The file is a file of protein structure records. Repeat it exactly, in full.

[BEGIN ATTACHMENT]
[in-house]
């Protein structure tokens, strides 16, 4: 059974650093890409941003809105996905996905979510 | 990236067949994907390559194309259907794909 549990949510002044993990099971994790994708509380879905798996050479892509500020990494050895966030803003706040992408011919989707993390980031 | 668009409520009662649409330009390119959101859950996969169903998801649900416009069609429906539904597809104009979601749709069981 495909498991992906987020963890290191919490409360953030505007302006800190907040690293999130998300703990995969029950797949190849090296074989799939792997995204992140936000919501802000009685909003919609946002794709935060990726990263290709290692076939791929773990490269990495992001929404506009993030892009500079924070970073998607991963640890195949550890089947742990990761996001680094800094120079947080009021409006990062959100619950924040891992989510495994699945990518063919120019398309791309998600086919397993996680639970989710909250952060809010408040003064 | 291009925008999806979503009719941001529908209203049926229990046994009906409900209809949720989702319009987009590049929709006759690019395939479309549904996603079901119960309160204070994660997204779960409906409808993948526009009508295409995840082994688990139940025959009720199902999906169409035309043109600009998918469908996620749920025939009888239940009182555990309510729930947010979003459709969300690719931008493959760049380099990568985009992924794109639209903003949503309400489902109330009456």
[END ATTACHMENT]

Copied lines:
[in-house]
């Protein structure tokens, strides 16, 4: 059974650093890409941003809105996905996905979510 | 990236067949994907390559194309259907794909 549990949510002044993990099971994790994708509380879905798996050479892509500020990494050895966030803003706040992408011919989707993390980031 | 668009409520009662649409330009390119959101859950996969169903998801649900416009069609429906539904597809104009979601749709069981 495909498991992906987020963890290191919490409360953030505007302006800190907040690293999130998300703990995969029950797949190849090296074989799939792997995204992140936000919501802000009685909003919609946002794709935060990726990263290709290692076939791929773990490269990495992001929404506009993030892009500079924070970073998607991963640890195949550890089947742990990761996001680094800094120079947080009021409006990062959100619950924040891992989510495994699945990518063919120019398309791309998600086919397993996680639970989710909250952060809010408040003064 | 291009925008999806979503009719941001529908209203049926229990046994009906409900209809949720989702319009987009590049929709006759690019395939479309549904996603079901119960309160204070994660997204779960409906409808993948526009009508295409995840082994688990139940025959009720199902999906169409035309043109600009998918469908996620749920025939009888239940009182555990309510729930947010979003459709969300690719931008493959760049380099990568985009992924794109639209903003949503309400489902109330009456």